to its creeping habit (_quod serpit_). This is the season also to
dig new ditches, clean the old ones, and to prune the trees in the
arbustum and the vines which are married to them, but be careful that
you suspend most of your work during the fifteen days before and after
the winter solstice: it is fitting, however, to set out some trees
during this period, as, for example, elms.

8 deg. _December 24-February 7_

XXXVI. These are the things to do during the eighth season between the
winter solstice and the rising of the west wind. Drain the fields, if
any water is standing on them, but if they are dry and the land is
friable, harrow them. Prune the vines and the orchard. When it is not
fitting to work in the fields then those things should be done which
can be done under cover during the winter twilight.

All these rules should be written out and posted in the farmstead and
the overseer especially should have them at the tip of his tongue.

_Of the influence of the moon on agriculture_

XXXVII. The lunar seasons also must be considered. They are divided
into two terms, that from the new moon to the full, and that from
the full moon to the next moon, or until that day which we call
_intermenstruus_, or the last and the first of a moon, whence at
Athens this day is called [Greek: henae kai nea] (the old and the
new), though the other Greeks call it [Greek: triakas] the thirtieth
day. Some agricultural operations may be undertaken with more
advantage during the increase of the moon, others during the
decrease,[88] as, for example, the harvest or cutting of wood."

"I observe a practice which I learned from my father," said Agrasius,
"not only never to shear my sheep, but not even to have my own hair
cut on the decrease of the moon, for fear that I might become bald."

"What are the quarters of the moon," said Agrius, "and what bearing
have they on agriculture?"

"Have you never heard in the country," said Tremelius, "the lore about
the influence of Jana (Diana) on the eighth day before her waxing, and
again on the eighth day before her waning; how certain things which
ought to be done during the increase can be done to better advantage
in the second quarter than the first, and that what ever is fitting to
do on the wane of the moon can be better done when her light is less?
This is all I know about the effect of the four quarters of the moon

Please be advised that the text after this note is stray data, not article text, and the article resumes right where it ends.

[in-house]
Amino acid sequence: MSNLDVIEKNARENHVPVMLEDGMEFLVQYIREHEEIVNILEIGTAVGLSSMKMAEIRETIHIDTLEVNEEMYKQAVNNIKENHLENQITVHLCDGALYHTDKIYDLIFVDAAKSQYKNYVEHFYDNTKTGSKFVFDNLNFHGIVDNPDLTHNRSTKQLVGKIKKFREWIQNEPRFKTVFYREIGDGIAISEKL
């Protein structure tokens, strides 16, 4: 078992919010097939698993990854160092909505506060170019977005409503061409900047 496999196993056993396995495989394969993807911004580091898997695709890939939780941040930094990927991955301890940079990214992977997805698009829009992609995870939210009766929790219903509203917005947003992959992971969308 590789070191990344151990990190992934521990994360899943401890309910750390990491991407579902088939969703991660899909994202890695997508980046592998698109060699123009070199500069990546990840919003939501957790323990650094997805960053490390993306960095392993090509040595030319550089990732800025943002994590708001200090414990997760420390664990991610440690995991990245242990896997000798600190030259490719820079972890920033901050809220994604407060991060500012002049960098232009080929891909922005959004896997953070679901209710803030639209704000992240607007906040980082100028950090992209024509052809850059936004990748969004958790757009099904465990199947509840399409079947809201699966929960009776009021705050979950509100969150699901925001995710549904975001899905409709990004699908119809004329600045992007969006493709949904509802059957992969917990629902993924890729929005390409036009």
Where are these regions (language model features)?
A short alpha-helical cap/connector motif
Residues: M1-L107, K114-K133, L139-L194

upon agriculture."


"There is another division of the year," said Stolo, "which takes
account of both the sun and the moon, namely: into six seasons,
because almost all the cultivated fruits of the earth come to maturity
and reach the vat or the granary after five successive agricultural
operations and are put to use by a sixth, and these are, first, the
preparing (_praeparandum_); second, the planting (_serendum_); third,
the cultivating of the growing crop (_nutricandum_); fourth, the
ingathering (_legendum_); fifth, the storing (_condendum_), and sixth,
the consuming (_promendum_)."


_Of tillage_

In the matter of preparation there are different things to be done for
different crops, as, if you wish to make an orchard or an arbustum,
you trench and grub and plough; if you plant grain, you plough and
harrow; while, if you cultivate trees, you mulch their roots by
breaking the earth with a mattock, more or less according to the
nature of the tree, for some trees, like the cypress, have a small,
and others like the plane tree have a large, root system (for example,
that in the Lyceum at Athens described by Theophastus, which, when
it was still a young tree, had a spread of roots to the extent of 33
cubits). If you break the ground with a plough and cattle, it is well
to work the land a second time before you sow your seed. So, if you
are making a meadow the preparation is to close it to the stock, and
this is usually done when the pear tree is in bloom: if it is an
irrigated meadow the preparation is to turn in the water at the proper

_Of manuring_

XXXVIII. As part of this same operation should be considered what
places in a field need manure and what kind of manure you can use
to the greatest advantage, for the several kinds have different
qualities. Cassius says that the best manure is that of birds, except
swamp and sea birds,[89] but the best of all is, he claims, the manure
of pigeons because it is the hottest and causes the land to ferment.
This ought to be sown on the land like seed, not distributed in heaps
like the dung of cattle. I myself think the best manure is that from
aviaries in which thrushes and blackbirds are kept, because it is not
only good for the land but serves as a fattening food for cattle and
hogs: for which reason those who farm aviaries pay less rent when the
owner stipulates that the manure is to be used on the farm, than those
to whom it is a perquisite. Cassius advises that the manure next in
value to that of doves is human feces, and third that of goats and